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Photo by Francois G. Durand/Getty Images

Sir Martin Sorrell has resigned as CEO of WPP, one of the largest advertising and public relations companies in the world, the company said on Saturday.

Why it matters: Sorrell is considered one of the most influential people in media, advertising and marketing. But he recently faced a board investigation into his behavior (with no material conclusions) and has faced headwinds trying to navigate his company through a grim advertising marketplace.

Sorrell's resignation came just weeks after the company's board announced it was investigating him for misuse of company assets and allegations of improper personal behavior. WPP says the investigation into allegations of misconduct against Sorrell has concluded and that the allegation did not involve "amounts that are material."

WPP Chairman Roberto Quarta will become executive chairman of the company until it finds a new CEO, according to a WPP statement. Mark Read, CEP of Wunderman and WPP Digital, and Andrew Scott, WPP Corporate Development Director and CEO Europe, have been appointed as joint COOs of WPP. Sorell will help with the transition.

"Obviously I am sad to leave WPP after 33 years ... However, I believe it is in the best interests of the business if I step down now. I leave the Company in very good hands, as the Board knows."
— Sir Martin Sorrell in a statement

Sorell had been the chief executive at WPP for over 30 years. He led what was once a small British manufacturer in the 1980s through many high-stakes acquisitions, including the takeovers of J. Walter Thompson in 1987, Ogilvy Group in 1989 and Young & Rubicam in 2000.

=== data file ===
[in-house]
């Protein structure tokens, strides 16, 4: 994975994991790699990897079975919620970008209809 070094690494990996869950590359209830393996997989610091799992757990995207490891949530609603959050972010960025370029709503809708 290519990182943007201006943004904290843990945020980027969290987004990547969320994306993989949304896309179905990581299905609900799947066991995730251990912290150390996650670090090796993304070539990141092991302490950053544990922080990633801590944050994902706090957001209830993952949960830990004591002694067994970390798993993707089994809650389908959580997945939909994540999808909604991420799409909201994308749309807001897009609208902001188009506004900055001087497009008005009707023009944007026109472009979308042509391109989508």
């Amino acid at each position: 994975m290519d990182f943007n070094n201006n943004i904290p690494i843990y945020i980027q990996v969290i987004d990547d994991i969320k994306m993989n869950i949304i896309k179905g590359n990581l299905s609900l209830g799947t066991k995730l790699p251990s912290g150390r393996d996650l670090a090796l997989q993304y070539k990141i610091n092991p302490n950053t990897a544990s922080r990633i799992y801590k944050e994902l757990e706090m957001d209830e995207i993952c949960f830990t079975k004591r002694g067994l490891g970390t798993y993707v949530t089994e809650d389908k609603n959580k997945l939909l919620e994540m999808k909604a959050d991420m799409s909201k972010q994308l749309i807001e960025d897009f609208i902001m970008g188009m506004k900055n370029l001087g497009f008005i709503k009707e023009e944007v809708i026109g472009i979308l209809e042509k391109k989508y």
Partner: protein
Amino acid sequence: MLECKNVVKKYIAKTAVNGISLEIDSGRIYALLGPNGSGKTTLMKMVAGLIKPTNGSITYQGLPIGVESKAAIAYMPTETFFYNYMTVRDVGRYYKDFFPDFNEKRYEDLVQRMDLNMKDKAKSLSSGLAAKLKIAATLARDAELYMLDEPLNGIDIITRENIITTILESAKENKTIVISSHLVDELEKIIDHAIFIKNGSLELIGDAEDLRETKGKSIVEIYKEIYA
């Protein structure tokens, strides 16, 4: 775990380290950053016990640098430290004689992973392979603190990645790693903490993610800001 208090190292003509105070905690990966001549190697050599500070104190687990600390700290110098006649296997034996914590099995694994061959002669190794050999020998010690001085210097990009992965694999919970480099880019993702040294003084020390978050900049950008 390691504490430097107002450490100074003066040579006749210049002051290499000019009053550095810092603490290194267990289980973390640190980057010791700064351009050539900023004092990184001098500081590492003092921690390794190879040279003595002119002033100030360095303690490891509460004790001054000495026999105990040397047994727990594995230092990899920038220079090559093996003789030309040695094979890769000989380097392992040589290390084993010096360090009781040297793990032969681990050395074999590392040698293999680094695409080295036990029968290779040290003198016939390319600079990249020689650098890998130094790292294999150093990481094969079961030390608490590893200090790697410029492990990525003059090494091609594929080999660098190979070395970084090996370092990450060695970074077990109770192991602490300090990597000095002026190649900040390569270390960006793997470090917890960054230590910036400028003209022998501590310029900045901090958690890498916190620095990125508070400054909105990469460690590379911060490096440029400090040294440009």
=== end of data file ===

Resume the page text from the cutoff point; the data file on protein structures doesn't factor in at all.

• Those acquisitions led WPP to become one of the largest advertising companies in the world by revenue.
  • Sorrell has also been one of the leading voices in the industry in putting pressure on Google and Facebook to take responsibility for the content on their platforms.

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Rep. Matt Gaetz. Photo: Elijah Nouvelage/Bloomberg via Getty Images

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Why it matters: More than a dozen House Republicans voted by proxy on the $1.9 trillion COVID-19 relief bill in Washington so they could speak at the Conservative Political Action Conference, known as CPAC. And Sen. Ted Cruz skipped an Air Force One flight as President Biden flew to Cruz's hometown of Houston to survey storm damage.

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Why it matters: Rep. Henry Cuellar (D-Texas) told Axios he supports President Biden. But the moderate said he sees the downsides of efforts to placate pro-immigrant groups, an effort that threatens to blow up on the administration.

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